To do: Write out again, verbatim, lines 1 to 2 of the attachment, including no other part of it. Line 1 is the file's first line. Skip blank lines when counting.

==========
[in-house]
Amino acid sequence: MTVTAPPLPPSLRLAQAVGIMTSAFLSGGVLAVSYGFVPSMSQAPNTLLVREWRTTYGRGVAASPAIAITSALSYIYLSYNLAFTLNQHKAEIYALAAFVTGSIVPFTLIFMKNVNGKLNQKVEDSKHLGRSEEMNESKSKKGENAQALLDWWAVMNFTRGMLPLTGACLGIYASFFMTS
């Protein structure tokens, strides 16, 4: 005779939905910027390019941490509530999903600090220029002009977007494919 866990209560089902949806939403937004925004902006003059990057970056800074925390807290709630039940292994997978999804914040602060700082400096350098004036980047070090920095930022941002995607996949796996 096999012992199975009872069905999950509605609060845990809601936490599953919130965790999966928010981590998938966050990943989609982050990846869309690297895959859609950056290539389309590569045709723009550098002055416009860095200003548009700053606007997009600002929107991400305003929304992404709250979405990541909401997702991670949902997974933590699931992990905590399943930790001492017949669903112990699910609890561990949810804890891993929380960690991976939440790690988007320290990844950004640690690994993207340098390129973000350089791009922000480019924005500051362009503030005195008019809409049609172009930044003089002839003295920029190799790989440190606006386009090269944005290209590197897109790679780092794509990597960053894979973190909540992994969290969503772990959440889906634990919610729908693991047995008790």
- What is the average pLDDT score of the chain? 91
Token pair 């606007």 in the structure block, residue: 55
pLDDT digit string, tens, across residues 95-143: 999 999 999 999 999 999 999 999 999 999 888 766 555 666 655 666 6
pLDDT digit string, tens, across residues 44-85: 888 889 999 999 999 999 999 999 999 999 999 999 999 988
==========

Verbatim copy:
[in-house]
Amino acid sequence: MTVTAPPLPPSLRLAQAVGIMTSAFLSGGVLAVSYGFVPSMSQAPNTLLVREWRTTYGRGVAASPAIAITSALSYIYLSYNLAFTLNQHKAEIYALAAFVTGSIVPFTLIFMKNVNGKLNQKVEDSKHLGRSEEMNESKSKKGENAQALLDWWAVMNFTRGMLPLTGACLGIYASFFMTS